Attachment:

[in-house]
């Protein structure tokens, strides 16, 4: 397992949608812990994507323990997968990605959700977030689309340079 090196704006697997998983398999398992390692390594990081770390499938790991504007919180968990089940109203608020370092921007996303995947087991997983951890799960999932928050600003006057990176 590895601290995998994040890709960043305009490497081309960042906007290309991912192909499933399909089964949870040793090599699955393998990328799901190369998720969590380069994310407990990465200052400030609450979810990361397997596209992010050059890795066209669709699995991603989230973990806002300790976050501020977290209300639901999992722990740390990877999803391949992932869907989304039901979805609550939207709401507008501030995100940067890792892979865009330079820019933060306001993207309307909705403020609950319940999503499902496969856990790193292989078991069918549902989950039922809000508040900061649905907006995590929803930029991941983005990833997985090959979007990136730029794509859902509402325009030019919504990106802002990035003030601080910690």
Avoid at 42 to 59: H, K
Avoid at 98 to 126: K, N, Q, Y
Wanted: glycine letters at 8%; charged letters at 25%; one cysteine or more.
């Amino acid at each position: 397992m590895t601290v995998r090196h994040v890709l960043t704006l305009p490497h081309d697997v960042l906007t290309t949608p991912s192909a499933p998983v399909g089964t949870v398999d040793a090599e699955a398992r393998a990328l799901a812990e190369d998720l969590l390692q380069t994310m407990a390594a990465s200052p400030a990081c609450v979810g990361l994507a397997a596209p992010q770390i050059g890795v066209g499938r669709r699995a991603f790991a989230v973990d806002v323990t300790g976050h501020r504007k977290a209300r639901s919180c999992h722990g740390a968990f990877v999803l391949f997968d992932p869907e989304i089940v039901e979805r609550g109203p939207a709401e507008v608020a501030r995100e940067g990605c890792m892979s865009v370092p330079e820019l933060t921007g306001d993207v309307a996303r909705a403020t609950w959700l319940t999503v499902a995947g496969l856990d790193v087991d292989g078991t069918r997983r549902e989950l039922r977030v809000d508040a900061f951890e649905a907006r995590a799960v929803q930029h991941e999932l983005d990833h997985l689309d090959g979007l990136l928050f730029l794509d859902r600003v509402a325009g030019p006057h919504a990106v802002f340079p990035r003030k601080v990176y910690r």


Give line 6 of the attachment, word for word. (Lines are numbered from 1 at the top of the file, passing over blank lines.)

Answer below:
């Amino acid at each position: 397992m590895t601290v995998r090196h994040v890709l960043t704006l305009p490497h081309d697997v960042l906007t290309t949608p991912s192909a499933p998983v399909g089964t949870v398999d040793a090599e699955a398992r393998a990328l799901a812990e190369d998720l969590l390692q380069t994310m407990a390594a990465s200052p400030a990081c609450v979810g990361l994507a397997a596209p992010q770390i050059g890795v066209g499938r669709r699995a991603f790991a989230v973990d806002v323990t300790g976050h501020r504007k977290a209300r639901s919180c999992h722990g740390a968990f990877v999803l391949f997968d992932p869907e989304i089940v039901e979805r609550g109203p939207a709401e507008v608020a501030r995100e940067g990605c890792m892979s865009v370092p330079e820019l933060t921007g306001d993207v309307a996303r909705a403020t609950w959700l319940t999503v499902a995947g496969l856990d790193v087991d292989g078991t069918r997983r549902e989950l039922r977030v809000d508040a900061f951890e649905a907006r995590a799960v929803q930029h991941e999932l983005d990833h997985l689309d090959g979007l990136l928050f730029l794509d859902r600003v509402a325009g030019p006057h919504a990106v802002f340079p990035r003030k601080v990176y910690r």